He built his brand on his best-selling book, The Art of the Deal. He was tough on Washington gridlock during the 2016 campaign (“They’re all talk, they’re no action, nothing gets done”) and sold himself as the cure. He offered encouraging words that suggested he understood the need for flexibility, the “tug and pull,” in order to reach compromise.
For all that, President Trump has been a singular bust as a negotiator.
The fault does not lie entirely with him. He’s dealing with congressional Republicans who are riven by internal divisions, trapped by a fantasy “repeal-and-replace” campaign slogan and, for the most part, wedded to the view that bipartisanship is for sissies.
On the other hand, Trump has shown zero ability to corral his own party or lead it in a mutally agreed-upon direction. His own quirks and deficits, meanwhile, have led him to violate many of what the American Political Science Association considers fundamental principles of successful political negotiation—and to make up his own, such as reportedly coaching his trade chief to make South Korea think he’s “crazy.” Beyond that, he is an unreliable partner without a knowledge base or clear goals—core problems illuminated by the drive to repeal the Affordable Care Act.
As president, instead of starting off with a potentially bipartisan project such as infrastructure, Trump went along with House Speaker Paul Ryan and Senate Majority Leader Mitch McConnell, who wanted to immediately make good on their seven-year Obamacare repeal pledge. Yet within the GOP there was no consensus on a plan to replace the law. In fact there was no consensus within Trump himself. As a candidate and president-elect, he had adopted his party’s repeal rhetoric—and also repeatedly promised affordable, universal coverage. If his Republican allies were surprised when he called their bill “mean,” they shouldn’t have been.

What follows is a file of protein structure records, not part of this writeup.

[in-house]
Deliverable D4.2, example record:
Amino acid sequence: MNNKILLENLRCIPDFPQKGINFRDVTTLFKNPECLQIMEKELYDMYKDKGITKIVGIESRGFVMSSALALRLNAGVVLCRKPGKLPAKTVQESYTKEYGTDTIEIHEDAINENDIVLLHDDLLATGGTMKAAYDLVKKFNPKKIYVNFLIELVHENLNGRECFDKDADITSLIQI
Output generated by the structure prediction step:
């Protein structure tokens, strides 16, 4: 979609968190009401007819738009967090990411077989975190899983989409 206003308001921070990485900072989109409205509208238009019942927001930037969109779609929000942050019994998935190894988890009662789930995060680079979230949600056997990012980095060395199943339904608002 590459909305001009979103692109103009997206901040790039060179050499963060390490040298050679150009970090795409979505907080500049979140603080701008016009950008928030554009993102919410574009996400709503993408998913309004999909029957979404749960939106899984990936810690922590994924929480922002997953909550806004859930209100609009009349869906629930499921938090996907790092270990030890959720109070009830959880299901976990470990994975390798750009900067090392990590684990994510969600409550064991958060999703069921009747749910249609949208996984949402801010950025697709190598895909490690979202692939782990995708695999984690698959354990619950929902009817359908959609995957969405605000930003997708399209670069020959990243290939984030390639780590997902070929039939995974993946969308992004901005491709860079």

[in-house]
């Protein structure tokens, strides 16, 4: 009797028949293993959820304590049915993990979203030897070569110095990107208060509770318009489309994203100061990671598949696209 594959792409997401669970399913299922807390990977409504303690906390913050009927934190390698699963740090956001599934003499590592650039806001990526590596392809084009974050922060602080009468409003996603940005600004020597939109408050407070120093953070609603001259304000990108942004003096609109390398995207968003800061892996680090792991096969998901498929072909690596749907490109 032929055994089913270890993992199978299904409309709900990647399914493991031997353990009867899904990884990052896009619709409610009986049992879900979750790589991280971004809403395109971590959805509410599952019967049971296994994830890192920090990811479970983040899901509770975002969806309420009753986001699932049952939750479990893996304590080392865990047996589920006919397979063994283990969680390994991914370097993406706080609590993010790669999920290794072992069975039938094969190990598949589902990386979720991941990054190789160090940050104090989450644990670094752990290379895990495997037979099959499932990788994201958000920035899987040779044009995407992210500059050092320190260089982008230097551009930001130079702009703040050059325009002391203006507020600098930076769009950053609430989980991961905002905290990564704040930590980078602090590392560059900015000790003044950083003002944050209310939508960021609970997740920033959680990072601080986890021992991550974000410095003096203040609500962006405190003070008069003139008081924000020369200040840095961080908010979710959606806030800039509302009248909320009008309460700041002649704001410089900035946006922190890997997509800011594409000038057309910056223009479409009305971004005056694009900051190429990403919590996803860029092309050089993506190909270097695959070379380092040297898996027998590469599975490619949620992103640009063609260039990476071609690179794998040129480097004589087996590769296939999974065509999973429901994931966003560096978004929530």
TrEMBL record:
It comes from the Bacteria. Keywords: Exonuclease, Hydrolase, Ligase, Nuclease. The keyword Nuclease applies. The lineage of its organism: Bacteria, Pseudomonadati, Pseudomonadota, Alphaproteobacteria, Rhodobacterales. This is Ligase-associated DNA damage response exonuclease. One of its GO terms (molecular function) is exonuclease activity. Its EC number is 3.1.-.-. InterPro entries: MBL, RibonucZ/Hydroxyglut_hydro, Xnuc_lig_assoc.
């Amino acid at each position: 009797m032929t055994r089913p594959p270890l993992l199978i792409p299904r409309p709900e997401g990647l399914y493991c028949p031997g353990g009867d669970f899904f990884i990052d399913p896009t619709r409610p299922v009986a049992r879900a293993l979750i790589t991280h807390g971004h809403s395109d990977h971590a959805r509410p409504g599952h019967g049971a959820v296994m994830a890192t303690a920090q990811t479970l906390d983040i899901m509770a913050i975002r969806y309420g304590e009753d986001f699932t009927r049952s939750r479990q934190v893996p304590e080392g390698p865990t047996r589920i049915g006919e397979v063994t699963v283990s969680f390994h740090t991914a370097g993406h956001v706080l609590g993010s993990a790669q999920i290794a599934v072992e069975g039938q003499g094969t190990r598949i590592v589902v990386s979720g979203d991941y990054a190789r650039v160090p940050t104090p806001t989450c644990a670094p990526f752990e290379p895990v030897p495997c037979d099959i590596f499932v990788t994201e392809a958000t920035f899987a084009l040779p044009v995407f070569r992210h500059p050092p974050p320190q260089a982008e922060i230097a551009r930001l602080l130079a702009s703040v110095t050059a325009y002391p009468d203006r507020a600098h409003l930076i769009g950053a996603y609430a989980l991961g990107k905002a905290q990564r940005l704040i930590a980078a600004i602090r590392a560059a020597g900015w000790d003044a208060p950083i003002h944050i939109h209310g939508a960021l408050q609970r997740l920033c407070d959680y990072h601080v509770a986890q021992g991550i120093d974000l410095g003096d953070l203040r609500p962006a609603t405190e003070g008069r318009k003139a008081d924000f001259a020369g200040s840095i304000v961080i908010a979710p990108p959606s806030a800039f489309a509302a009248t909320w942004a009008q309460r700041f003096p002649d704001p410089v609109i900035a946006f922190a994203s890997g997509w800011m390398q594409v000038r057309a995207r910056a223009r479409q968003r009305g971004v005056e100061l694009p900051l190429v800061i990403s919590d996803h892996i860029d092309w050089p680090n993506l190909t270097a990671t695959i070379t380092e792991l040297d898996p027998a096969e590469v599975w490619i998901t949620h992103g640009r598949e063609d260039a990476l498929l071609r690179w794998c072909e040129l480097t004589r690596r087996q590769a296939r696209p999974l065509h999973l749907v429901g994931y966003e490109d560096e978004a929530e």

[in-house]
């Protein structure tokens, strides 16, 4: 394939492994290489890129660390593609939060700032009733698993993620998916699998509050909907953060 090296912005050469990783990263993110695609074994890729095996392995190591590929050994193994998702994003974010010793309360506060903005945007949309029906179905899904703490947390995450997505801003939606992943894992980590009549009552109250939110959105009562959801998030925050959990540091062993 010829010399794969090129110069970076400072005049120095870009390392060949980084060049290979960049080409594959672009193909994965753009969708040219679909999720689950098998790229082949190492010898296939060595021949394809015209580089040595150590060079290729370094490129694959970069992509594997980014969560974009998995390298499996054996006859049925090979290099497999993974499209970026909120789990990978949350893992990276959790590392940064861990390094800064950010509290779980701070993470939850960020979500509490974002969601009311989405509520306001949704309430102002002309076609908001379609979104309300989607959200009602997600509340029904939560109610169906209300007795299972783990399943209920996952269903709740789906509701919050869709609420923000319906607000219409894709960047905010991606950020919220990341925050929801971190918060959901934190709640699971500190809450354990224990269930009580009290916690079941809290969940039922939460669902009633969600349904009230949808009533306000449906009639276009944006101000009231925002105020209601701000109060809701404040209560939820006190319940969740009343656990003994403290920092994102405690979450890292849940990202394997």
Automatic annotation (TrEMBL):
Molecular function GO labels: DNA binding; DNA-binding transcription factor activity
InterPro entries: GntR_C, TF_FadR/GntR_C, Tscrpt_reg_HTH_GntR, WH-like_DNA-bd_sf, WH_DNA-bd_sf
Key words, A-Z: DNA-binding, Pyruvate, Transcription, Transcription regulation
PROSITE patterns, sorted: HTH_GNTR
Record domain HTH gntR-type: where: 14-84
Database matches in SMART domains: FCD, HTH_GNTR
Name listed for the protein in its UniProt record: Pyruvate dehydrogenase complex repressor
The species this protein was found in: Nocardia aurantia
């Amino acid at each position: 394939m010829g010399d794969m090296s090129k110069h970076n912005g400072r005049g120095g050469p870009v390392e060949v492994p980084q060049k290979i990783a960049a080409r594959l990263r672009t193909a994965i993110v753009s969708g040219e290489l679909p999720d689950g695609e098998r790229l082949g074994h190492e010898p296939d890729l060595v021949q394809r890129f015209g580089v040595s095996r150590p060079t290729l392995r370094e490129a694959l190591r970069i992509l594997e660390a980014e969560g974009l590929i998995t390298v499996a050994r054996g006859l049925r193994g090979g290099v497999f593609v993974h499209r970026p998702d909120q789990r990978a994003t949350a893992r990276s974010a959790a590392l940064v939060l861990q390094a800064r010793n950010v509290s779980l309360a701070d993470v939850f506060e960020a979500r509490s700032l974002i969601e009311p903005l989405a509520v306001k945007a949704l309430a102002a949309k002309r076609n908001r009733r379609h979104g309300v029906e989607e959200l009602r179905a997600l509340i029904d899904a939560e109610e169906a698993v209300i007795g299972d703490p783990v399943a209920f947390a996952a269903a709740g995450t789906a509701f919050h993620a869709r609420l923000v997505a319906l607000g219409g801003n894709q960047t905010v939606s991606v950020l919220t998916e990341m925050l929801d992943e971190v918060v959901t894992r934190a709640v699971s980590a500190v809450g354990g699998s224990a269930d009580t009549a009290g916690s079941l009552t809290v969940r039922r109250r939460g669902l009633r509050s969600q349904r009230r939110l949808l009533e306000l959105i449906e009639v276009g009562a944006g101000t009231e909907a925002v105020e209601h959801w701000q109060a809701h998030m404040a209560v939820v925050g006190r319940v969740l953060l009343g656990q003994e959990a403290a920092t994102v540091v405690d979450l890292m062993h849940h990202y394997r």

After the latest fail on repeal, Trump said—spuriously—that “we have the votes” to kill Obamacare and will vote on it in “January, February or March.” But he also said that until then, “I’m also going to meet with Democrats and I will see if I can get a health care plan that’s even better. So I will negotiate with Democrats.”
This is not reassuring for anyone. For Republicans, it sounds especially ominous. The first time Trump negotiated with Democrats, they came up with a sudden deal to keep the government funded, raise the debt ceiling and approve hurricane aid. Republicans were not only out of that loop, from their perspective the purported master negotiator gave away the store. And in fact, while one ostensible rationale was to clear the decks for a September push on tax reform, with Trump’s blessing the month was consumed by yet another failed attempt to repeal the ACA.
As the GOP turns to a tax overhaul, the same problems are arising. There are divisions within the party, and there is tension over Trump’s repeated suggestions that he’ll negotiate with Democrats. Also missing are important negotiation tools that have helped doom the ACA repeal so far:
- A trusted source of information. This is usually the nonpartisan Congressional Budget Office, but though it’s now led by their handpicked economist, key Republicans have been on a tear to discredit its work and try to eliminate requirements for a CBO “score” going forward. CBO projections of lost coverage and rising consumer costs have been huge, possibly decisive factors in the failed repeal drive.